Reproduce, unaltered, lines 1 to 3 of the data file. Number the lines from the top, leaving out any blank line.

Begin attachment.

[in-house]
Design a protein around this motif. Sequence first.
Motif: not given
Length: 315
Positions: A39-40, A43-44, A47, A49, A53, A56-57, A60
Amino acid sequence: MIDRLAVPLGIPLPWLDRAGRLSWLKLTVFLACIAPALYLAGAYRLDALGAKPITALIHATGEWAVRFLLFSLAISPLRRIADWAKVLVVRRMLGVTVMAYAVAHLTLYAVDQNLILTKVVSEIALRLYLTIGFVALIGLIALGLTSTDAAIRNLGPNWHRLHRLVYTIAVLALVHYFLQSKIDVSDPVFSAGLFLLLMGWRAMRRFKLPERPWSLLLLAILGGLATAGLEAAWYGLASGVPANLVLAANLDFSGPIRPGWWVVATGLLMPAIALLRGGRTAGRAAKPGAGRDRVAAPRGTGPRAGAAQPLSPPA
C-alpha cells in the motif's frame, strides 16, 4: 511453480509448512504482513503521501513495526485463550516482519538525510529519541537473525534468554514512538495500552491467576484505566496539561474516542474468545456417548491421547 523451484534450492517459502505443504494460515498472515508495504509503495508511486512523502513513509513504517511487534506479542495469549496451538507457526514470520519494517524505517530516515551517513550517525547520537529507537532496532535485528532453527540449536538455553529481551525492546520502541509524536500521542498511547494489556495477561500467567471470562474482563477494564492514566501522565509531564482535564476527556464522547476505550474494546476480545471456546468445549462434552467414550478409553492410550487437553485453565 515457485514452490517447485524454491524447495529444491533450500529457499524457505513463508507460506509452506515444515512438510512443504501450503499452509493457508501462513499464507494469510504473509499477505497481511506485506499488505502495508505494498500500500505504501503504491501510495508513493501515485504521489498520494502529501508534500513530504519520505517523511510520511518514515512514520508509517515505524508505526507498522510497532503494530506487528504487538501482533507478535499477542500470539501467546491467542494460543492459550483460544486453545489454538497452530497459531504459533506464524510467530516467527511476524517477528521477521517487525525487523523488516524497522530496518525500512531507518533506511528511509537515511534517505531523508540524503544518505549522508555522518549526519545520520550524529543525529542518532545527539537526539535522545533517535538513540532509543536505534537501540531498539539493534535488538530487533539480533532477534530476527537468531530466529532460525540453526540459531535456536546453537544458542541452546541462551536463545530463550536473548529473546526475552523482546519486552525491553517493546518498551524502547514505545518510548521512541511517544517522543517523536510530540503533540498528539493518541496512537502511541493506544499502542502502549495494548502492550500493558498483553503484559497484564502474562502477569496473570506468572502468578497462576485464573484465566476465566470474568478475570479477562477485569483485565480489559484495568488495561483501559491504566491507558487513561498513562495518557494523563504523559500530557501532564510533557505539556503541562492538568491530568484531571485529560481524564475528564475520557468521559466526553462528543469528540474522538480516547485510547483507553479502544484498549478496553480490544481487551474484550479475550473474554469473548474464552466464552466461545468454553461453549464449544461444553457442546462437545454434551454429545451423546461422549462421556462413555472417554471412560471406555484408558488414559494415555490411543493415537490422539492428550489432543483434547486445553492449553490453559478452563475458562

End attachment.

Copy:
[in-house]
Design a protein around this motif. Sequence first.
Motif: not given